PARIS — France’s anti-competition watchdog decided Monday to fine Google 220 million euros ($268 million) for abusing its “dominant position” in the online advertising business, an unprecedented move, the body said.
Practices used by Google “are particularly serious because they penalize Google’s competitors” in certain markets and publishers of mobile sites and applications, the statement by the Competition Authority said.
“The authority recalls that a company in a dominant position is subject to a particular responsibility, that of not undermining,” the statement said.
Google, based in Mountain View, California, did not dispute the facts and opted to settle, proposing changes, the statement said.
The head of the authority, Isabelle de Silva, said the decision was unprecedented.
“(It’s) the first decision in the world to look into complex algorithmic auctions processes through which online display advertising works,” she said.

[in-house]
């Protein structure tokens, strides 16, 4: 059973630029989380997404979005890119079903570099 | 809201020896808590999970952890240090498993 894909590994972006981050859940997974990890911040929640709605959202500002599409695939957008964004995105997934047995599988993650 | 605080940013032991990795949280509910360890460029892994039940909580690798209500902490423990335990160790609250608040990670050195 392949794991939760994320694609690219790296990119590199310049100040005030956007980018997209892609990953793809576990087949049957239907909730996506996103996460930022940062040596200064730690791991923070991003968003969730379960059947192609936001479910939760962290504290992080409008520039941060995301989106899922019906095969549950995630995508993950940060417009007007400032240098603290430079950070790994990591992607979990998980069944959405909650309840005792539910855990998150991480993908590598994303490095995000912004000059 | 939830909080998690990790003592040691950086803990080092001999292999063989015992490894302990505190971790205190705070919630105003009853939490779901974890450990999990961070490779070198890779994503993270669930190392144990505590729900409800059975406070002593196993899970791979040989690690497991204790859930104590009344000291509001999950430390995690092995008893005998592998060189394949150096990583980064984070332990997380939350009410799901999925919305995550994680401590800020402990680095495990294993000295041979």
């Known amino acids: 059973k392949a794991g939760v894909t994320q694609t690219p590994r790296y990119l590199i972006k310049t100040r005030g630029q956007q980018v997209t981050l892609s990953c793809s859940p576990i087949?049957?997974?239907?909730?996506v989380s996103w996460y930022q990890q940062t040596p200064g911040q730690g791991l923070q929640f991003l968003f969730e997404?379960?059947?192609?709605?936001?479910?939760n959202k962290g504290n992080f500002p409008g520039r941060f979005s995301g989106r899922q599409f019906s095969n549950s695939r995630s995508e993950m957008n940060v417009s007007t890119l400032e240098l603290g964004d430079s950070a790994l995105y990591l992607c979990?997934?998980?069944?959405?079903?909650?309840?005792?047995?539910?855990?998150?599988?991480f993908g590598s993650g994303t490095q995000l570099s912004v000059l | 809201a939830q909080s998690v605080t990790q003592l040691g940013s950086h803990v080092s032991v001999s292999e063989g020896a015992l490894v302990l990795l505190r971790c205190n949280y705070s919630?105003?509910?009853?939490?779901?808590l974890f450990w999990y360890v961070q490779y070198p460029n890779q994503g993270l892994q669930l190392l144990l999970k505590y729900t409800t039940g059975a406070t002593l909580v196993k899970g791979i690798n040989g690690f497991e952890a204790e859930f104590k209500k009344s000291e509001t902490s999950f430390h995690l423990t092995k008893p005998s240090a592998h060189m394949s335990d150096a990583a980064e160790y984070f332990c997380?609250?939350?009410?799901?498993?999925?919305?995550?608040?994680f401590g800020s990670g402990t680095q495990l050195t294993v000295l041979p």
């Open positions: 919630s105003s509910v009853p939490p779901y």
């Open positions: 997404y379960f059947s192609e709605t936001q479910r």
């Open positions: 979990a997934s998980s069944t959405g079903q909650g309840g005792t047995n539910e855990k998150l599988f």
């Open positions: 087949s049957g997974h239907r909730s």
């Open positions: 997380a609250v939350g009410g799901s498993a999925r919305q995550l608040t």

This fine, along with Google’s commitments to make changes, “will make it possible to re-establish a level playing field for all players, and the ability for publishers to make the most of their advertising space,” de Silva said in the statement.
Google France’s legal director, Maria Gomri, said in a blog Monday that Google has been collaborating for the past two years with the French watchdog on issues surrounding ad technology, notably the editors’ platform, Google Ad Manager. She wrote that commitments made during negotiations would “facilitate use by editors of data and our tools with other ad technologies.
After tests in the months ahead, changes will be deployed more broadly, “some on a worldwide scale,” Gomri said.
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